Youth Voices: A Community of Conversations

Youth Voices is a community and a platform. It’s an openly networked social media site that was created and is maintained by secondary school teachers in the New York City Writing Project and other local sites of the National Writing Project. Beyond being just a blogging platform, Youth Voices is a place where real conversations happen. Members can write about any topic they want and build on those ideas by collaborating with others.

Youth Voices began a dozen years ago, when a group of teachers came together to create an online space for their students to voice their thoughts, explore their passions, explain things they understand well, wonder about things they have just begun to understand, and share discussion posts with others. Some of these teachers had class blogs; others had experimented with their students having individual blogs; and a few had exchange projects in which students were paired across classrooms via blogs.

Over time, these Youth Voices teachers have developed a model of blended learning that emphasizes self-directed, interest-based inquiry. Students in the community become social media “power users” by posting and commenting on discussions that grow deeper and gain more disciplinary insight as they become shared explorations among a trusted group of teachers, other adults, and students.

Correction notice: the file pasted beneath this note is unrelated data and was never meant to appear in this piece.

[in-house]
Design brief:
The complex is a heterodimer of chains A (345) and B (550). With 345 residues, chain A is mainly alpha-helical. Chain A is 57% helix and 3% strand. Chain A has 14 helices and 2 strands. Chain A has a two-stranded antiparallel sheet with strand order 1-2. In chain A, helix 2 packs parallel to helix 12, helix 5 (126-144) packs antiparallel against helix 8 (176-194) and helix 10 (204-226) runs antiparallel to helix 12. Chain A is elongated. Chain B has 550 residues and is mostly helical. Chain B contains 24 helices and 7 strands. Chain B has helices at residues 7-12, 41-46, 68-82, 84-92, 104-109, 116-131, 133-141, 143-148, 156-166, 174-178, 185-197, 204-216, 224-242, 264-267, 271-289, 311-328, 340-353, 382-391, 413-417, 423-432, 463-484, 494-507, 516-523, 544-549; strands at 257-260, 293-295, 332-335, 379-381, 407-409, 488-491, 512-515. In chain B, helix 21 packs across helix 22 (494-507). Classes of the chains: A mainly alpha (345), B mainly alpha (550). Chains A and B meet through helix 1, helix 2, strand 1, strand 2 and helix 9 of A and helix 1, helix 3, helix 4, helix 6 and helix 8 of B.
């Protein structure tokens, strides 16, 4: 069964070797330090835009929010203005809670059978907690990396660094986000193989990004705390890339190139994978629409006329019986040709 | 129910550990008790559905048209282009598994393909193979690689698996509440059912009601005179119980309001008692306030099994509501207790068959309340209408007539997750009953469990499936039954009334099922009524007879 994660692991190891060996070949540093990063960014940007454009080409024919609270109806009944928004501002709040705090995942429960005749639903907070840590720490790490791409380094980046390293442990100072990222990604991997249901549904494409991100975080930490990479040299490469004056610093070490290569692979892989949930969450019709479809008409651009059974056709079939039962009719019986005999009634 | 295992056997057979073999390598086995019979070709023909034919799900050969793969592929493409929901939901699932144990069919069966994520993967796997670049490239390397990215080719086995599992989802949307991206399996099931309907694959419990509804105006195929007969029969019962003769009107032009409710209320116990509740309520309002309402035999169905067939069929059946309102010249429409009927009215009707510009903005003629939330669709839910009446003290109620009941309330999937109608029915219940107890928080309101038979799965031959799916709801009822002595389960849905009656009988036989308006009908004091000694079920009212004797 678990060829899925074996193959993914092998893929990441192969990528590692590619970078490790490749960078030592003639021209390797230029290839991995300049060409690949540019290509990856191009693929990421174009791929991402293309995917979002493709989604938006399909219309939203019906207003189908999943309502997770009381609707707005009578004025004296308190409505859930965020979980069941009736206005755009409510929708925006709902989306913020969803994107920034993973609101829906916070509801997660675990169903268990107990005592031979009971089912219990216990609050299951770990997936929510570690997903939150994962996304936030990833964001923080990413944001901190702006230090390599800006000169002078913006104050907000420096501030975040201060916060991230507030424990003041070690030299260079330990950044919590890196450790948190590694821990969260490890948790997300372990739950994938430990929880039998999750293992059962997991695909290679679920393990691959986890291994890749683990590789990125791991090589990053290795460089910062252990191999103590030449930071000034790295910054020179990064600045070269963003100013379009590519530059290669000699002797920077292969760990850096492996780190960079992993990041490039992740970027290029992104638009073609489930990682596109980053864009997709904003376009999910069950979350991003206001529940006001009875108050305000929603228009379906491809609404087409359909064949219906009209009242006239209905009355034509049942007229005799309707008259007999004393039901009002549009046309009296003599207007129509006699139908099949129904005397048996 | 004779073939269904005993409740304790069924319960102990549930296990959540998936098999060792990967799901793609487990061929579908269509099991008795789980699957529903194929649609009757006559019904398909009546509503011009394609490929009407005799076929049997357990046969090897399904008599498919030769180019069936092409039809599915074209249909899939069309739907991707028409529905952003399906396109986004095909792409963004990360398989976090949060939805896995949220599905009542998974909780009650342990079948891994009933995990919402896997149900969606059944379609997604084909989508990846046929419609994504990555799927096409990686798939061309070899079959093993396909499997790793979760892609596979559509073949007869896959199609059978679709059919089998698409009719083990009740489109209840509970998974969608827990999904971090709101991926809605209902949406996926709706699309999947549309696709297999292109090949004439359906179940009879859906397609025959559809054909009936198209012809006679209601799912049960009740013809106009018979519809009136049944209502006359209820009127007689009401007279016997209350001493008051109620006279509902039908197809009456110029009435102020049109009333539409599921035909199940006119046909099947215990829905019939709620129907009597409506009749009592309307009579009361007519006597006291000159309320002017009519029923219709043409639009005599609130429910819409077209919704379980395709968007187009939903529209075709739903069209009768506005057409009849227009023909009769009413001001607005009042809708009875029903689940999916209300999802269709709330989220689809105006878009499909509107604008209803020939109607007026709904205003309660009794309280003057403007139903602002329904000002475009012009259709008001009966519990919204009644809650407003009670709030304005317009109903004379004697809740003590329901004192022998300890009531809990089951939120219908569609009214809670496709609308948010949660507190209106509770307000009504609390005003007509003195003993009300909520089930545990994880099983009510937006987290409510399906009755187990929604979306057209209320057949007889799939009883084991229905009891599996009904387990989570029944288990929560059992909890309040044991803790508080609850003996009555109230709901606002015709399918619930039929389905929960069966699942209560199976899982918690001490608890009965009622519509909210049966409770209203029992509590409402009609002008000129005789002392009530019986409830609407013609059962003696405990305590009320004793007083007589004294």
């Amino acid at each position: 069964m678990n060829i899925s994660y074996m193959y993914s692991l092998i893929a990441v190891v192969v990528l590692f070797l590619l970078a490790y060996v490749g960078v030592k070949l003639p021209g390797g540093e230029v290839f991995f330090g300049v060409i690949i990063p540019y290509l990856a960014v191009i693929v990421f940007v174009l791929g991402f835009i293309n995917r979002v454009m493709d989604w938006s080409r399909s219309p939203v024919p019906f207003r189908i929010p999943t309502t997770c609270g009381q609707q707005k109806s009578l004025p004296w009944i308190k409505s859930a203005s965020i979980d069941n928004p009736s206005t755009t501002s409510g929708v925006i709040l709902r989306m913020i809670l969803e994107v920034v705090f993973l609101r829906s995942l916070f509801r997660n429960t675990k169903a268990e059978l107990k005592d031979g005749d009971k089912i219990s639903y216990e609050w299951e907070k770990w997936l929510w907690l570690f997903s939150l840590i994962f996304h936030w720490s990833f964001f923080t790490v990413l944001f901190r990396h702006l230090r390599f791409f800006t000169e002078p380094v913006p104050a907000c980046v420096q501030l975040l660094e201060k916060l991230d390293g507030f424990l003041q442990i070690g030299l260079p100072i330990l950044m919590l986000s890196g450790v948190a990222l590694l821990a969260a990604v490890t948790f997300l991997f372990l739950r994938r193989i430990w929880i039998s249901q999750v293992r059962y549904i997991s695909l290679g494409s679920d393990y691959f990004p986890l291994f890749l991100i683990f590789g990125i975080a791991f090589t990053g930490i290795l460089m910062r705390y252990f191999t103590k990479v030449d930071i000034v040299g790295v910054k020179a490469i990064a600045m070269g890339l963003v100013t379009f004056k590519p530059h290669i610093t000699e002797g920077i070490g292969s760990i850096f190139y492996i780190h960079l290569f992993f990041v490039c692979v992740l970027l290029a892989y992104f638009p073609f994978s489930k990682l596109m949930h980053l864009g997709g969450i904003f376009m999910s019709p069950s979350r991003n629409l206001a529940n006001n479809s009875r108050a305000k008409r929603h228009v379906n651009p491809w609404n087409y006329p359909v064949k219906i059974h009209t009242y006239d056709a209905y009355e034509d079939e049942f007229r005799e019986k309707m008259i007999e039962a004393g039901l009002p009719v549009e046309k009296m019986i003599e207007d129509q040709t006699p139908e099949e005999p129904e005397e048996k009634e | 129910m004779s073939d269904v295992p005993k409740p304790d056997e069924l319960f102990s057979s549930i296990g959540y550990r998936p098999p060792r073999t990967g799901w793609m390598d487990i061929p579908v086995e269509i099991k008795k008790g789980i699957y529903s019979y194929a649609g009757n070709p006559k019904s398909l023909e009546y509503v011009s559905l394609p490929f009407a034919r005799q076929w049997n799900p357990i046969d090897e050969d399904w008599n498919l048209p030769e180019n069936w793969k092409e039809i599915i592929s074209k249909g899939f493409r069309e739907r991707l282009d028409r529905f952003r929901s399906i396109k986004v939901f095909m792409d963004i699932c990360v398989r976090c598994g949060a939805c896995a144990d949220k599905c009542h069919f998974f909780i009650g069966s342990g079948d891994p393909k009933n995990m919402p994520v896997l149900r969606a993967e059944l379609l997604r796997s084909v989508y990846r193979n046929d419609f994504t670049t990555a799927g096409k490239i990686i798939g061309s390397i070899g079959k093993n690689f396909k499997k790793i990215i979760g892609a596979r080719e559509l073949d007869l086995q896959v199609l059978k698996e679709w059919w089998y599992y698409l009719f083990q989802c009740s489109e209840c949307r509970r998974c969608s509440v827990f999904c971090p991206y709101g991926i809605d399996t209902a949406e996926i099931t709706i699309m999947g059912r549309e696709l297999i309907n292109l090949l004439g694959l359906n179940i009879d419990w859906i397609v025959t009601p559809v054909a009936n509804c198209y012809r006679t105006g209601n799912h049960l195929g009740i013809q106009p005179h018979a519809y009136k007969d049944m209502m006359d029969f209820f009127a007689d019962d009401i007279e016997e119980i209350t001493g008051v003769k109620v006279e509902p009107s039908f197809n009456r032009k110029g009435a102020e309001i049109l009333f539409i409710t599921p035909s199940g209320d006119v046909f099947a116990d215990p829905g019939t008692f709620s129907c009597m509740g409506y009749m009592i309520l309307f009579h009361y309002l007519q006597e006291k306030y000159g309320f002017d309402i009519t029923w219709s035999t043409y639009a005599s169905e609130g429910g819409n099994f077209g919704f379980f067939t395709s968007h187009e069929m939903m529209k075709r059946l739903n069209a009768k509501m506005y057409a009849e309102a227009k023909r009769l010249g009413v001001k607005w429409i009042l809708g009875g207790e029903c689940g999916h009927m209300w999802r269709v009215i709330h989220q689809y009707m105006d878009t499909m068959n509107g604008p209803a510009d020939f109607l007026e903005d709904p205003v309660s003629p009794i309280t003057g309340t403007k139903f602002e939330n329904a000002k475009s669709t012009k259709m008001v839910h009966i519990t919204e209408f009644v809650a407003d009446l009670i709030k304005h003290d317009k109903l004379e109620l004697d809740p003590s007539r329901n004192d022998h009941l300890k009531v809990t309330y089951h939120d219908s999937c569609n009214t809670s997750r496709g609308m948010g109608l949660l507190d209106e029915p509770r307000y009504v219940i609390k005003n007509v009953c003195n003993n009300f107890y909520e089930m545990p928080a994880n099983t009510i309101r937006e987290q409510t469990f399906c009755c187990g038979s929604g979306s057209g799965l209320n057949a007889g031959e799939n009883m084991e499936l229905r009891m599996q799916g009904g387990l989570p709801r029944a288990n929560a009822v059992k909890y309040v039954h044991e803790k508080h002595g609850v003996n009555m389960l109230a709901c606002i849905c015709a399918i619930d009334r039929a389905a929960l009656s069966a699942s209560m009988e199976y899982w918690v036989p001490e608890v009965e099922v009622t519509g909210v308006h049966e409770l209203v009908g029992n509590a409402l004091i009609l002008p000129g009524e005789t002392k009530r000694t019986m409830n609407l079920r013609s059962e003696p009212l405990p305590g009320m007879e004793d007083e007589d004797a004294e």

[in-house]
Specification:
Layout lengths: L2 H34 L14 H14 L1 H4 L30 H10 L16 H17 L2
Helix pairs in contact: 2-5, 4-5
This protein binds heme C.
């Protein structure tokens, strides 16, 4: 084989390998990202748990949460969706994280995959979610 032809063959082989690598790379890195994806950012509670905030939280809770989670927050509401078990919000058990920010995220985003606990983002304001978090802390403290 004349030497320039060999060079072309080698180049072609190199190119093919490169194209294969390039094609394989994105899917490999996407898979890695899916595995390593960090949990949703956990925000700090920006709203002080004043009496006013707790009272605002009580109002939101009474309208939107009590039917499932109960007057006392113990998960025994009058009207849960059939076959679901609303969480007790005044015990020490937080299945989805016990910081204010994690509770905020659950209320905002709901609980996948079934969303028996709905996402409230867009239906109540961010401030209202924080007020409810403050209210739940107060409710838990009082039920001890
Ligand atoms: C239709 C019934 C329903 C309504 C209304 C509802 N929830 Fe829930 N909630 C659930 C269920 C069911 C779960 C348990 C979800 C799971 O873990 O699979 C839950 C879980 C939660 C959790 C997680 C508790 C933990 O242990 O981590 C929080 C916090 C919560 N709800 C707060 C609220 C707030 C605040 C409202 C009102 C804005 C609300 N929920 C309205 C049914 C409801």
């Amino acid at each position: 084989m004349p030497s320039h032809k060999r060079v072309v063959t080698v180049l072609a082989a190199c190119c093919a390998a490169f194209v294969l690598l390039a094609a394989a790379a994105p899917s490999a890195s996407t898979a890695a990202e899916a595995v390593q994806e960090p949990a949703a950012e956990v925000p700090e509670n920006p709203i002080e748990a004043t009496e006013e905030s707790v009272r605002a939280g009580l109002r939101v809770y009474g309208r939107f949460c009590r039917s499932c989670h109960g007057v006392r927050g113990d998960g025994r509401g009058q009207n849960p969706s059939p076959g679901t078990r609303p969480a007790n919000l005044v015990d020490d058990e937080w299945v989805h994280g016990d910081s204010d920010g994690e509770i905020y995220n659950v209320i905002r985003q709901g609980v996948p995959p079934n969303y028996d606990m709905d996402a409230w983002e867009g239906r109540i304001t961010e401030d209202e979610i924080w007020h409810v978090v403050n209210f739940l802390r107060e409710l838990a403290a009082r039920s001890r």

As they began to build this community, the teachers explored many questions: What happens to the work on a blog when the class ends? How can we open our students’ work up to the world while also giving real-world, supervised experience in a safe and constructive online environment? These teachers began to imagine: What if we made a site that anybody could join, that would exist independent of class or school schedules, and where the students’ work would be kept and be easy to access indefinitely? What if we became a community of teachers and students working together to build a place for conversations around digital media and writing?

In addition to writing about any topic students like, classes can choose to participate in more structured “missions” that offer invitations to create something with others around a theme. For example, recently, the community has been writing poems around the theme Black Lives Matter.

If you are asking similar questions, if you share a commitment to nurturing students’ voices and passions, perhaps you would be interested in joining this community of teachers and having your students start posting and commenting on this platform. Anyone can join Youth Voices, and you are invited to join as an educator or as a student.

By Paul Allison and Karen Fasimpaur